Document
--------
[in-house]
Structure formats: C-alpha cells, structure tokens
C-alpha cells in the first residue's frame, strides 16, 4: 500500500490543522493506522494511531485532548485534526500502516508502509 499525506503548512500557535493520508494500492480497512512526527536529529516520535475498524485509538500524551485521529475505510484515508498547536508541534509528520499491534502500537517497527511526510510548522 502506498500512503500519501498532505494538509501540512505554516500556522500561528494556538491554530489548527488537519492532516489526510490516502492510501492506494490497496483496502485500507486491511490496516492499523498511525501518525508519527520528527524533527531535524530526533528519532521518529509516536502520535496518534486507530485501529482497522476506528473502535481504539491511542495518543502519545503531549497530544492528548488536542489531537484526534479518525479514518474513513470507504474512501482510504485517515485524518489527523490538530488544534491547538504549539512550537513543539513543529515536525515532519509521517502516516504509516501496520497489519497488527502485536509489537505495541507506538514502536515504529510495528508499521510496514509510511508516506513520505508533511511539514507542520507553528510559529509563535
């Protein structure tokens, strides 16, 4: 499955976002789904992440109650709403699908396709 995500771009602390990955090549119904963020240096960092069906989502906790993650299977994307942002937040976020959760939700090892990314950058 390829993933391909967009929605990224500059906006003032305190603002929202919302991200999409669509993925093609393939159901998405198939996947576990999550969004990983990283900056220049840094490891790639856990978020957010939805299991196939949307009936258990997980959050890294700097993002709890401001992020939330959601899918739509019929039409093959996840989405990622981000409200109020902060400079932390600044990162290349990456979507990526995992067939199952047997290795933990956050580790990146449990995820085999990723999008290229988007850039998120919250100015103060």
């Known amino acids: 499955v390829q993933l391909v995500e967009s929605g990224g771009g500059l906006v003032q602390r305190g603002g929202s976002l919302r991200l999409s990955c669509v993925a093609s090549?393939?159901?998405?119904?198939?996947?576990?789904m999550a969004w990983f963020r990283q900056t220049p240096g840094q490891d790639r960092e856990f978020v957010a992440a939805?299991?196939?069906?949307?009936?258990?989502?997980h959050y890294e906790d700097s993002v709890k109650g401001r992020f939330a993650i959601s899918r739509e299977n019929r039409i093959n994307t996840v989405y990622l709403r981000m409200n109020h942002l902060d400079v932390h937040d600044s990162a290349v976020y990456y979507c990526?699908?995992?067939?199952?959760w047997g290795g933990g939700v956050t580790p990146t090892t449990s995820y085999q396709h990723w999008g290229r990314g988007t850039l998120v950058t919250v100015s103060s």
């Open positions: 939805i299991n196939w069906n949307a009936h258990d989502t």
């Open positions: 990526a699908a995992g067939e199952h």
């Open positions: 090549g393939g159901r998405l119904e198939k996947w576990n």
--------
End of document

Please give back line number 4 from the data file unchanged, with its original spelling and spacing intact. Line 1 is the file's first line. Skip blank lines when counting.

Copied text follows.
């Protein structure tokens, strides 16, 4: 499955976002789904992440109650709403699908396709 995500771009602390990955090549119904963020240096960092069906989502906790993650299977994307942002937040976020959760939700090892990314950058 390829993933391909967009929605990224500059906006003032305190603002929202919302991200999409669509993925093609393939159901998405198939996947576990999550969004990983990283900056220049840094490891790639856990978020957010939805299991196939949307009936258990997980959050890294700097993002709890401001992020939330959601899918739509019929039409093959996840989405990622981000409200109020902060400079932390600044990162290349990456979507990526995992067939199952047997290795933990956050580790990146449990995820085999990723999008290229988007850039998120919250100015103060």